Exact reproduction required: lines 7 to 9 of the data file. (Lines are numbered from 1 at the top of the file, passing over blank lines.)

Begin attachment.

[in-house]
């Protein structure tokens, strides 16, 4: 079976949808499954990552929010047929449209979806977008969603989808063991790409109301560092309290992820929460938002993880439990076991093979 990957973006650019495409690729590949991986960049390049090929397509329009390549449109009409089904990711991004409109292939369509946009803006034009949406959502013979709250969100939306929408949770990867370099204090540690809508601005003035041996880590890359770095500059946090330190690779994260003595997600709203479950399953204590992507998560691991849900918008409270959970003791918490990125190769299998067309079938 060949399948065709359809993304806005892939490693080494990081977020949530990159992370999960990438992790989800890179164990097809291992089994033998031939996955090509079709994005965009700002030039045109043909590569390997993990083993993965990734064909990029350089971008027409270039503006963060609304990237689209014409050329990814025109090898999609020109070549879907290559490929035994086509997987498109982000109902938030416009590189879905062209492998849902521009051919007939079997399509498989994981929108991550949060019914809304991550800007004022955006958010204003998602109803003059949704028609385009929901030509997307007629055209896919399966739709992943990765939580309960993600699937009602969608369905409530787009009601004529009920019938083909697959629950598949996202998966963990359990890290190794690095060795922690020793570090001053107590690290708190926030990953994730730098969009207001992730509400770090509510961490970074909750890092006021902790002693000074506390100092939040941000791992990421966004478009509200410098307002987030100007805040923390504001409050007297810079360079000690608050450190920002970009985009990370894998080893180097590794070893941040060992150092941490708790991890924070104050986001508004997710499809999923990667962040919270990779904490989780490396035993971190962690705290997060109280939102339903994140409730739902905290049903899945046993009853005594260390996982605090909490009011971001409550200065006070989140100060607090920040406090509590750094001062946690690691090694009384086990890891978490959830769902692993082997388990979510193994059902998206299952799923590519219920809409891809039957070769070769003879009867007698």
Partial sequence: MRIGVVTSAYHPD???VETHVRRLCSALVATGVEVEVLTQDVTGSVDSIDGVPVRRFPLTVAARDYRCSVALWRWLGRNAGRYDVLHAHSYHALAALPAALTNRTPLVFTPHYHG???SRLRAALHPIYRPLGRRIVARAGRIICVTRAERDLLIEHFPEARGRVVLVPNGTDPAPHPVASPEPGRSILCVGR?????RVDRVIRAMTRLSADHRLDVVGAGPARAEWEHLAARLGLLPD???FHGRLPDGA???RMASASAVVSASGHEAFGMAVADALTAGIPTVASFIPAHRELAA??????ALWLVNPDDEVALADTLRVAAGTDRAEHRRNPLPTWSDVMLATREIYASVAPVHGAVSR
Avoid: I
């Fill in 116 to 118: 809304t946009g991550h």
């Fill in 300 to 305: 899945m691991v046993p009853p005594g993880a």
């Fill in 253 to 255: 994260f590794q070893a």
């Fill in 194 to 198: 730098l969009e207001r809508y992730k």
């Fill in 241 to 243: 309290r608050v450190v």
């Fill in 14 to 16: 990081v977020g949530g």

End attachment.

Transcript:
């Fill in 253 to 255: 994260f590794q070893a």
């Fill in 194 to 198: 730098l969009e207001r809508y992730k």
């Fill in 241 to 243: 309290r608050v450190v």